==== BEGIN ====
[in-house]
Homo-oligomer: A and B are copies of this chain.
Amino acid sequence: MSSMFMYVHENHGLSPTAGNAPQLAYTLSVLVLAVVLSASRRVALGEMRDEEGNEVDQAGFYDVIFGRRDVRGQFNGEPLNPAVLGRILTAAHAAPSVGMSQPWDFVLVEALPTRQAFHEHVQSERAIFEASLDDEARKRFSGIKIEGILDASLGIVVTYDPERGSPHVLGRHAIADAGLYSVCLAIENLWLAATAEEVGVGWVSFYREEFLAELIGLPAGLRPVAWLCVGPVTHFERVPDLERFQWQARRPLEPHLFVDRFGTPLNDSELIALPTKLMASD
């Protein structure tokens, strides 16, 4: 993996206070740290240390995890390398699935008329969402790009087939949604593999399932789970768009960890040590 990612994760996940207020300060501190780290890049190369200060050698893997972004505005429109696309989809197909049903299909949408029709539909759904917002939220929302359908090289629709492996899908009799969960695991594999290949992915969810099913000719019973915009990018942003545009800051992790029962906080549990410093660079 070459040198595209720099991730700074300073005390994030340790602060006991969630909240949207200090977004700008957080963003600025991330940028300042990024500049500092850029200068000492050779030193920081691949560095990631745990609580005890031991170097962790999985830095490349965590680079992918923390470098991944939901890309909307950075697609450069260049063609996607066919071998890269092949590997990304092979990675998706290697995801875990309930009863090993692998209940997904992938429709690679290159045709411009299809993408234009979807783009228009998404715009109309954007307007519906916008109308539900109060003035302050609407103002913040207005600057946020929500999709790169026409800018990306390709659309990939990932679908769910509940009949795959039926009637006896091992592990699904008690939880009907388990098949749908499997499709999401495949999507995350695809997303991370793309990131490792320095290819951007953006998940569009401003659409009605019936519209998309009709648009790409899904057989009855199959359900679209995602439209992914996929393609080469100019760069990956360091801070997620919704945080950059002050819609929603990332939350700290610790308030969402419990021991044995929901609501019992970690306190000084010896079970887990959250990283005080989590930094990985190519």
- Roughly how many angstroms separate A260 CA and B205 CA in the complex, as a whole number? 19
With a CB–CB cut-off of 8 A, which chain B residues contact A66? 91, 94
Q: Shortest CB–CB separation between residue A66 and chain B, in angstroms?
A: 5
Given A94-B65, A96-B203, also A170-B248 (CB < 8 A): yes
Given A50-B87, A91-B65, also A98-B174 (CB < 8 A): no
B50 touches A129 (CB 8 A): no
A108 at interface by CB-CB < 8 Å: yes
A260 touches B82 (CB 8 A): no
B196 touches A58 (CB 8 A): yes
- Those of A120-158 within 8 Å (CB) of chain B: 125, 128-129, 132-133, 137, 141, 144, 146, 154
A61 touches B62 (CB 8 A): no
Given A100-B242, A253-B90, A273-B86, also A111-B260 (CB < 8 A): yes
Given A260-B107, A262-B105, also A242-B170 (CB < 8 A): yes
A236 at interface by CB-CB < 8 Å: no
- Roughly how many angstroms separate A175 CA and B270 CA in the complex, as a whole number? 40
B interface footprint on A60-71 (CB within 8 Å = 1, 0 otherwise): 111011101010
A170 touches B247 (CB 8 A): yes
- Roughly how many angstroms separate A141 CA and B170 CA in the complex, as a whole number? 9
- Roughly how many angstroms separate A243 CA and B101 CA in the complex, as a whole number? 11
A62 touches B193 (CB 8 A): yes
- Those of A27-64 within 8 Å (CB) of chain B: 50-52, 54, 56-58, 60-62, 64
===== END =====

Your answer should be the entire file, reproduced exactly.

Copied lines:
[in-house]
Homo-oligomer: A and B are copies of this chain.
Amino acid sequence: MSSMFMYVHENHGLSPTAGNAPQLAYTLSVLVLAVVLSASRRVALGEMRDEEGNEVDQAGFYDVIFGRRDVRGQFNGEPLNPAVLGRILTAAHAAPSVGMSQPWDFVLVEALPTRQAFHEHVQSERAIFEASLDDEARKRFSGIKIEGILDASLGIVVTYDPERGSPHVLGRHAIADAGLYSVCLAIENLWLAATAEEVGVGWVSFYREEFLAELIGLPAGLRPVAWLCVGPVTHFERVPDLERFQWQARRPLEPHLFVDRFGTPLNDSELIALPTKLMASD
């Protein structure tokens, strides 16, 4: 993996206070740290240390995890390398699935008329969402790009087939949604593999399932789970768009960890040590 990612994760996940207020300060501190780290890049190369200060050698893997972004505005429109696309989809197909049903299909949408029709539909759904917002939220929302359908090289629709492996899908009799969960695991594999290949992915969810099913000719019973915009990018942003545009800051992790029962906080549990410093660079 070459040198595209720099991730700074300073005390994030340790602060006991969630909240949207200090977004700008957080963003600025991330940028300042990024500049500092850029200068000492050779030193920081691949560095990631745990609580005890031991170097962790999985830095490349965590680079992918923390470098991944939901890309909307950075697609450069260049063609996607066919071998890269092949590997990304092979990675998706290697995801875990309930009863090993692998209940997904992938429709690679290159045709411009299809993408234009979807783009228009998404715009109309954007307007519906916008109308539900109060003035302050609407103002913040207005600057946020929500999709790169026409800018990306390709659309990939990932679908769910509940009949795959039926009637006896091992592990699904008690939880009907388990098949749908499997499709999401495949999507995350695809997303991370793309990131490792320095290819951007953006998940569009401003659409009605019936519209998309009709648009790409899904057989009855199959359900679209995602439209992914996929393609080469100019760069990956360091801070997620919704945080950059002050819609929603990332939350700290610790308030969402419990021991044995929901609501019992970690306190000084010896079970887990959250990283005080989590930094990985190519």
- Roughly how many angstroms separate A260 CA and B205 CA in the complex, as a whole number? 19
With a CB–CB cut-off of 8 A, which chain B residues contact A66? 91, 94
Q: Shortest CB–CB separation between residue A66 and chain B, in angstroms?
A: 5
Given A94-B65, A96-B203, also A170-B248 (CB < 8 A): yes
Given A50-B87, A91-B65, also A98-B174 (CB < 8 A): no
B50 touches A129 (CB 8 A): no
A108 at interface by CB-CB < 8 Å: yes
A260 touches B82 (CB 8 A): no
B196 touches A58 (CB 8 A): yes
- Those of A120-158 within 8 Å (CB) of chain B: 125, 128-129, 132-133, 137, 141, 144, 146, 154
A61 touches B62 (CB 8 A): no
Given A100-B242, A253-B90, A273-B86, also A111-B260 (CB < 8 A): yes
Given A260-B107, A262-B105, also A242-B170 (CB < 8 A): yes
A236 at interface by CB-CB < 8 Å: no
- Roughly how many angstroms separate A175 CA and B270 CA in the complex, as a whole number? 40
B interface footprint on A60-71 (CB within 8 Å = 1, 0 otherwise): 111011101010
A170 touches B247 (CB 8 A): yes
- Roughly how many angstroms separate A141 CA and B170 CA in the complex, as a whole number? 9
- Roughly how many angstroms separate A243 CA and B101 CA in the complex, as a whole number? 11
A62 touches B193 (CB 8 A): yes
- Those of A27-64 within 8 Å (CB) of chain B: 50-52, 54, 56-58, 60-62, 64